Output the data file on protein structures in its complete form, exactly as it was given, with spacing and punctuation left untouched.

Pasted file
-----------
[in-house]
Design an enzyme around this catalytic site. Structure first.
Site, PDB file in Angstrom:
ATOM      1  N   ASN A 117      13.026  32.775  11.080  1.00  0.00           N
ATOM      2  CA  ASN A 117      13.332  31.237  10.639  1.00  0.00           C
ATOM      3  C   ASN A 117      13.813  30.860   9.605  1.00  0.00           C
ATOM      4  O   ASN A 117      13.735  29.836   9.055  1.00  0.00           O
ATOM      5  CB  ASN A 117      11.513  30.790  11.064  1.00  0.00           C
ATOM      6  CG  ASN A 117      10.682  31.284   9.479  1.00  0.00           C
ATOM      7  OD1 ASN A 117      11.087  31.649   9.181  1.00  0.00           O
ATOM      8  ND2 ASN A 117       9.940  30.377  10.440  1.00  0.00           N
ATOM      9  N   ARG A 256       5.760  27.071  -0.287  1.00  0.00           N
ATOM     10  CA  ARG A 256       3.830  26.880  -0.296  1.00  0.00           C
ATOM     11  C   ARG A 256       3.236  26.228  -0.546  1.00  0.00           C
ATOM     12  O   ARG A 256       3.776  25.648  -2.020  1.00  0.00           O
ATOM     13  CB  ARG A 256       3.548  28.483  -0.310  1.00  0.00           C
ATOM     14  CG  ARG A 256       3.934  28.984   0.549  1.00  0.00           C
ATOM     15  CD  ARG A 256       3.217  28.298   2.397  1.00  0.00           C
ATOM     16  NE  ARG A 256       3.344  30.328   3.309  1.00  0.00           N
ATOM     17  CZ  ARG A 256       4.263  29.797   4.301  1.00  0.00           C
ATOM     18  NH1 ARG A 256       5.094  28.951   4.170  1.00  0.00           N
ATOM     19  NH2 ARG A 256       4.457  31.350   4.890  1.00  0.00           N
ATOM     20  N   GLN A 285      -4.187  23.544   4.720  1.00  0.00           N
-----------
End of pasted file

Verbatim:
[in-house]
Design an enzyme around this catalytic site. Structure first.
Site, PDB file in Angstrom:
ATOM      1  N   ASN A 117      13.026  32.775  11.080  1.00  0.00           N
ATOM      2  CA  ASN A 117      13.332  31.237  10.639  1.00  0.00           C
ATOM      3  C   ASN A 117      13.813  30.860   9.605  1.00  0.00           C
ATOM      4  O   ASN A 117      13.735  29.836   9.055  1.00  0.00           O
ATOM      5  CB  ASN A 117      11.513  30.790  11.064  1.00  0.00           C
ATOM      6  CG  ASN A 117      10.682  31.284   9.479  1.00  0.00           C
ATOM      7  OD1 ASN A 117      11.087  31.649   9.181  1.00  0.00           O
ATOM      8  ND2 ASN A 117       9.940  30.377  10.440  1.00  0.00           N
ATOM      9  N   ARG A 256       5.760  27.071  -0.287  1.00  0.00           N
ATOM     10  CA  ARG A 256       3.830  26.880  -0.296  1.00  0.00           C
ATOM     11  C   ARG A 256       3.236  26.228  -0.546  1.00  0.00           C
ATOM     12  O   ARG A 256       3.776  25.648  -2.020  1.00  0.00           O
ATOM     13  CB  ARG A 256       3.548  28.483  -0.310  1.00  0.00           C
ATOM     14  CG  ARG A 256       3.934  28.984   0.549  1.00  0.00           C
ATOM     15  CD  ARG A 256       3.217  28.298   2.397  1.00  0.00           C
ATOM     16  NE  ARG A 256       3.344  30.328   3.309  1.00  0.00           N
ATOM     17  CZ  ARG A 256       4.263  29.797   4.301  1.00  0.00           C
ATOM     18  NH1 ARG A 256       5.094  28.951   4.170  1.00  0.00           N
ATOM     19  NH2 ARG A 256       4.457  31.350   4.890  1.00  0.00           N
ATOM     20  N   GLN A 285      -4.187  23.544   4.720  1.00  0.00           N